4) Gastrointestinal tract– the foal should have an almost fully developed gastrointestinal tract at birth. The small intestine is complete; however, the large and small colon continue to develop after birth. This delayed development occasionally leads to a meconium impaction. Meconium is distinct in its dark, hard, tarry appearance. Once meconium is passed, manure will change to a lighter brown color and become soft. If your foal is born and is covered in meconium, this is an indication of fetal stress during parturition or late gestation. Aspiration (breathing in) of meconium leads to severe pneumonia. Once up and nursing, the foal should pass the meconium within 1-4 hours. Nursing helps trigger the “gastrocolic reflex” and works as a laxative to help move things through. If no meconium has passed within 6 hours, a soapy water enema can be given. If you notice your foal’s tail flagging, stomping their feet, rolling, or straining, let your veterinarian know promptly.
5) Urogenital system- if the umbilical cord does not break during birth, it will most likely break once the foal or mare stands up. Typically, it will break about one inch from the foal’s abdomen. If you allow the two to bond quietly, the foal will be able to receive a couple pints of blood via the cord if it hasn’t broken. Do not cut the cord yourself. If the cord does not break, and you need to do it manually, hold it firmly with both hands at the intended break site, and then twist and pull to separate. If sharply cut, the likelihood of hemorrhage increases greatly. Once the cord is broken, remember to “dip” the umbilicus to prevent a bacterial infection. It is recommended to use a diluted chlorhexidine solution. For the first 48 hours, you should dip the stump every 6 hours. Then, for the following 2-3 days, dip every 12 hours. Before dipping, pay attention that the stump should be dry; if it’s moist or wet, that is abnormal. A colt will typically urinate within 5-6 hours after birth; fillies generally lag behind and will not urinate until 10-14 hours after birth. It’s important to watch your new foal to see if they are urinating. If there is no attempt to urinate, or you notice urine from their umbilicus or urachus, call your veterinarian immediately.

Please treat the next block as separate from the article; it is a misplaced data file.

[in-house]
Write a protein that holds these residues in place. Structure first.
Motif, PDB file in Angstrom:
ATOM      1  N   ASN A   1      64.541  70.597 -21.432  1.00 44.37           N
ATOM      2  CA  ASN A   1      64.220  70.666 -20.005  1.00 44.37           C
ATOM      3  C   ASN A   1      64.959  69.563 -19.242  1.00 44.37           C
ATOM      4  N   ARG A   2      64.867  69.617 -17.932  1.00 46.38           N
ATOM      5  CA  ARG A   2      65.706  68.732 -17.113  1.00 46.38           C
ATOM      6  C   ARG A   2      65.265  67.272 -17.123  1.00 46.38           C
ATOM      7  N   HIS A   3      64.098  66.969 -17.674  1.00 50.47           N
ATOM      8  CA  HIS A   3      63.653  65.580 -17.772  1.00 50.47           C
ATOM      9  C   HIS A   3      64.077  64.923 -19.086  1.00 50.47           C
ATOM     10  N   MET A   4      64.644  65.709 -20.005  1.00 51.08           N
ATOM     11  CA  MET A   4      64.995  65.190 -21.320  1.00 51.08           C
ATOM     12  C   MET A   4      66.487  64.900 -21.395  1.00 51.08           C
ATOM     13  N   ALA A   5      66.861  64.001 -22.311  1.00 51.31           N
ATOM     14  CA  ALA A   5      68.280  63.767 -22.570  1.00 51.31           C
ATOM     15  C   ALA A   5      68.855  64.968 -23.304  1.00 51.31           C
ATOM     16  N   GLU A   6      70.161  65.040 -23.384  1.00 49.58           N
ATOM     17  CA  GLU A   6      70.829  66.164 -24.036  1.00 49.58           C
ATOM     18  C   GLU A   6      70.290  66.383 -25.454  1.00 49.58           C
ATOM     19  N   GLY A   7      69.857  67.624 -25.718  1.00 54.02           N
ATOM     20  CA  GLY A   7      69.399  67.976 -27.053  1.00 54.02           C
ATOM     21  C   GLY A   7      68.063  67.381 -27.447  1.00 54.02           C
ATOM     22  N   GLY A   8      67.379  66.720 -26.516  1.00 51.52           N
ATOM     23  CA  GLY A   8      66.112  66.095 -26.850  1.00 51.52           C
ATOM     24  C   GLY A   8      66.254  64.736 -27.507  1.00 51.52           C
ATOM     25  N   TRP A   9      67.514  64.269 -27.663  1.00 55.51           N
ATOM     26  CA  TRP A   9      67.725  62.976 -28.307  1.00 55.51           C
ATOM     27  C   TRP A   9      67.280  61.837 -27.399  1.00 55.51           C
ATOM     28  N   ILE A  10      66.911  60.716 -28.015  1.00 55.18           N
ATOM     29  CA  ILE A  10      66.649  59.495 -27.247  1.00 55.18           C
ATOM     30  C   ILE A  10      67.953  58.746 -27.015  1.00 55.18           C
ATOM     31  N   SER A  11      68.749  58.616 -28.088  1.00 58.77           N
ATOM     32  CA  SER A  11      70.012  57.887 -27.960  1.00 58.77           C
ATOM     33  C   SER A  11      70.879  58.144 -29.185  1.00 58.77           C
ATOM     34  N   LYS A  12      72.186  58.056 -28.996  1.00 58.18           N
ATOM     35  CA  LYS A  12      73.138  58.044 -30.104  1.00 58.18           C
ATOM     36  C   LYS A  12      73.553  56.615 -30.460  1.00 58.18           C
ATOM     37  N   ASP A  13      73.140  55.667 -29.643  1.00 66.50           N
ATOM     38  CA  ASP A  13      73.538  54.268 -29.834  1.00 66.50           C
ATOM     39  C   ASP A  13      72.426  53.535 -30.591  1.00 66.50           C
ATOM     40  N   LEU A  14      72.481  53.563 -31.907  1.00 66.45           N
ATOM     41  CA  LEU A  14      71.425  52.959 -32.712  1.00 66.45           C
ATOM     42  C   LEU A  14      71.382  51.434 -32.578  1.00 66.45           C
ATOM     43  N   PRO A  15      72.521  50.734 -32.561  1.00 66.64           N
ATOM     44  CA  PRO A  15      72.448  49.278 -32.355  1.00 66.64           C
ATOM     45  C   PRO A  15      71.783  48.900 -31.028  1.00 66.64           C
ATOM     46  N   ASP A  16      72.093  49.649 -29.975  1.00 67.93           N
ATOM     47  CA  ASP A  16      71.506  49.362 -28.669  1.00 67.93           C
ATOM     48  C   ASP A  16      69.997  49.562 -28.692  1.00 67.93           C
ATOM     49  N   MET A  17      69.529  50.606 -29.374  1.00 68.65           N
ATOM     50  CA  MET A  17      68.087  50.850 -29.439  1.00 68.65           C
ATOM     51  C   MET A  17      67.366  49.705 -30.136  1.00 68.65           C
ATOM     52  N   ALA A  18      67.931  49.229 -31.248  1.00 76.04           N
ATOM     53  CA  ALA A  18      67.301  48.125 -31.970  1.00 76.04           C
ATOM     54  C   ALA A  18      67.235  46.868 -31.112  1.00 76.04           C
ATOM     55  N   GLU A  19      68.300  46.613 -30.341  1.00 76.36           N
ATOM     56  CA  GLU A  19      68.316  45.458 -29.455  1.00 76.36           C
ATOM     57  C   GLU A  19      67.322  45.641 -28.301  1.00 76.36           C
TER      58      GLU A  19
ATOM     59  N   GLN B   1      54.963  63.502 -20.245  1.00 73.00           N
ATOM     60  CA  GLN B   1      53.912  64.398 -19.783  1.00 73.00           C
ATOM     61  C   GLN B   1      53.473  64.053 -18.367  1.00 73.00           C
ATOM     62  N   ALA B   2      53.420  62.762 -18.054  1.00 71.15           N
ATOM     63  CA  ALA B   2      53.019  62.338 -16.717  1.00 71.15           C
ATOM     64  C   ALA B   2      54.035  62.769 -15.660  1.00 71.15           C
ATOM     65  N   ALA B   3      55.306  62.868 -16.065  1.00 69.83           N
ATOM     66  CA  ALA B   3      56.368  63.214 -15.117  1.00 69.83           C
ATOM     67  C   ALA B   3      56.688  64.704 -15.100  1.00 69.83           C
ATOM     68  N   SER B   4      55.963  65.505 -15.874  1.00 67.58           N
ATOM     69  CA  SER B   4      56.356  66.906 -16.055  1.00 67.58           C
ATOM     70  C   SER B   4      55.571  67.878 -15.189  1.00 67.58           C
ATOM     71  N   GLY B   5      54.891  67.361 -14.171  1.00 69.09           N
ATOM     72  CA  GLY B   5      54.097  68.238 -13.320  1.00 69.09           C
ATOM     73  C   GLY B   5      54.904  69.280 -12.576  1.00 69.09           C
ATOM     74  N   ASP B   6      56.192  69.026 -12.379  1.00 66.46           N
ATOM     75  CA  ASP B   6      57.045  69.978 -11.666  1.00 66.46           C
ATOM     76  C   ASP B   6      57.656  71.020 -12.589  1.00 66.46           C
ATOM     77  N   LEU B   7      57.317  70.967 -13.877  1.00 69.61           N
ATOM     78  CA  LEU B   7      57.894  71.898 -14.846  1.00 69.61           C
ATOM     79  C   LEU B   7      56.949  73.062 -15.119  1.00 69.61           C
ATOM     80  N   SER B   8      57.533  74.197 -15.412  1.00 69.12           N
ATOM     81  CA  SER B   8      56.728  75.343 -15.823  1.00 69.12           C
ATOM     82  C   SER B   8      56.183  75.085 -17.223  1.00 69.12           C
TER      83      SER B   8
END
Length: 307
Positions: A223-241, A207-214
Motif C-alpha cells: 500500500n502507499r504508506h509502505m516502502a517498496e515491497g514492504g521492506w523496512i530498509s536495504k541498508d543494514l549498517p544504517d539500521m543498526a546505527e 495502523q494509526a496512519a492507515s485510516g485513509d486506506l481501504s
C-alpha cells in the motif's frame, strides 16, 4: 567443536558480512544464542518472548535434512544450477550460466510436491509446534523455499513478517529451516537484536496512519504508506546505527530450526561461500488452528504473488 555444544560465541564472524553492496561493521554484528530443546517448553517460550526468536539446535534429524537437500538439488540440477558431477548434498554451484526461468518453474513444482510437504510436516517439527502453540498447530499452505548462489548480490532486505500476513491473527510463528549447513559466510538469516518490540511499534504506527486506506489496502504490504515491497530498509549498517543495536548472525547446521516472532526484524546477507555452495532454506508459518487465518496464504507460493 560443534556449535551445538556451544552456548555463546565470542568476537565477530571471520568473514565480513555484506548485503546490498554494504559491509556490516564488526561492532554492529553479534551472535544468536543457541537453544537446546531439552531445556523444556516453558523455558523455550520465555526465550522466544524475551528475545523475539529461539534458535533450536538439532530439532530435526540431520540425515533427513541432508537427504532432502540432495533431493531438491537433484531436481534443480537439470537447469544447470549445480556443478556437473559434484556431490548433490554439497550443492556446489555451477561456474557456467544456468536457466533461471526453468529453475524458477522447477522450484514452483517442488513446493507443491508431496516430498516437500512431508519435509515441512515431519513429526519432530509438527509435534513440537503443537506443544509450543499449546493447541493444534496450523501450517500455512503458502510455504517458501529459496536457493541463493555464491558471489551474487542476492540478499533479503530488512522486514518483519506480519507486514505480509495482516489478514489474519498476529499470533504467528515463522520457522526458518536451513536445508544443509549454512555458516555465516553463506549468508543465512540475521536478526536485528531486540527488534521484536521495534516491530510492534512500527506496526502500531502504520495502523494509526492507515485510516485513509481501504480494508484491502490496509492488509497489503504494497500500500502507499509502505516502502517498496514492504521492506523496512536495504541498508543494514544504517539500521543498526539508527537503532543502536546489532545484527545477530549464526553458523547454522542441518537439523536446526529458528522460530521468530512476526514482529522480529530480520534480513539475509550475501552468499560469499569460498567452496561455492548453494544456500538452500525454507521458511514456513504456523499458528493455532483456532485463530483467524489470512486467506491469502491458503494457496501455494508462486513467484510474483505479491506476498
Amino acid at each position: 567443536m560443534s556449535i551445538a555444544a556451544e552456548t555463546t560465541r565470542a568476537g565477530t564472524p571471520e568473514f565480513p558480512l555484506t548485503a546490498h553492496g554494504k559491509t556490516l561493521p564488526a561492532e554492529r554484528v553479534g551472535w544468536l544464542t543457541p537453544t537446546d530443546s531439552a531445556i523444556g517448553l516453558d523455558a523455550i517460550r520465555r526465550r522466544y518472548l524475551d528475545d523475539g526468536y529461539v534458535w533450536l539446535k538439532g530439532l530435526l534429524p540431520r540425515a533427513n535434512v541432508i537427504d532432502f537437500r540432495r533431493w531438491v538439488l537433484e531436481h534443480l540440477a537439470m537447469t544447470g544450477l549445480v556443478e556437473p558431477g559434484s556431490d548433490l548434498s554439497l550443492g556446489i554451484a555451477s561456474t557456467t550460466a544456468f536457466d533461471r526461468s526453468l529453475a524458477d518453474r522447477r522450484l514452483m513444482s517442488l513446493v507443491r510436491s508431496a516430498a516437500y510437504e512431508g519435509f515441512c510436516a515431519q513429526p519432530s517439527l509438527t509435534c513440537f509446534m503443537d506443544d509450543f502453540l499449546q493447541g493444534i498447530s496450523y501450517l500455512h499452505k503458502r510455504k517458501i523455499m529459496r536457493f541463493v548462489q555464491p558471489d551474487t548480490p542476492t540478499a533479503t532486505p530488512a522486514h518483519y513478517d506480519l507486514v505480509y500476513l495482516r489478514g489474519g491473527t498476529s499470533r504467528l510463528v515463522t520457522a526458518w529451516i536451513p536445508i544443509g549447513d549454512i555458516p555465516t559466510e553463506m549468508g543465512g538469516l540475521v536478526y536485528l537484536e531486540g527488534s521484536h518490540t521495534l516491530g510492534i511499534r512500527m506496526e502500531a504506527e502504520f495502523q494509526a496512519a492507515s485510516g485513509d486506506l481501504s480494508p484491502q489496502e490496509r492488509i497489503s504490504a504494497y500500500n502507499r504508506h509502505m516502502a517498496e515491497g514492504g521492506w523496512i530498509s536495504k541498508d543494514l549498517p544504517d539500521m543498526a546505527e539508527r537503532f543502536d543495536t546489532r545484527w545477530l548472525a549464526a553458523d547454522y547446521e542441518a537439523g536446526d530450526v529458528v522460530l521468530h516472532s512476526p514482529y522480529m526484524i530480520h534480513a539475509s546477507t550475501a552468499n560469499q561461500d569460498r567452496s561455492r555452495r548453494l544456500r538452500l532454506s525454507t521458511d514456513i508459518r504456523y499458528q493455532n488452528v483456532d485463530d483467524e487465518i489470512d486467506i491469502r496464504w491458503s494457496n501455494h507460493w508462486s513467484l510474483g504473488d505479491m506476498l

6) Musculoskeletal system– tendons, ligaments, and joints are palpated thoroughly. Depending on how far along in gestation your foal was before birth, joints and bones may not be completely developed. Premature foals tend to have tendon laxity, while post mature foals tend to have tendon contraction. Rib fractures/breaks during parturition are not uncommon.
Blood will also be drawn for a test that is done stall side, called the IgG snap test. This allows veterinarians to have a quick answer if immunoglobulins are at an acceptable level. Basically, is your foal’s immune system up to snuff? It is recommended to have them tested at around 12 hours old, and we want to see levels above >800. If other blood work is necessary, your veterinarian can use it to determine if your foal is already fighting an infection, or was oxygen deprived during birth. Depending on the history obtained from you, our physical exam findings, and some diagnostic blood work, we can proceed with the best plan for your foal and you.
Congratulations on your newborn!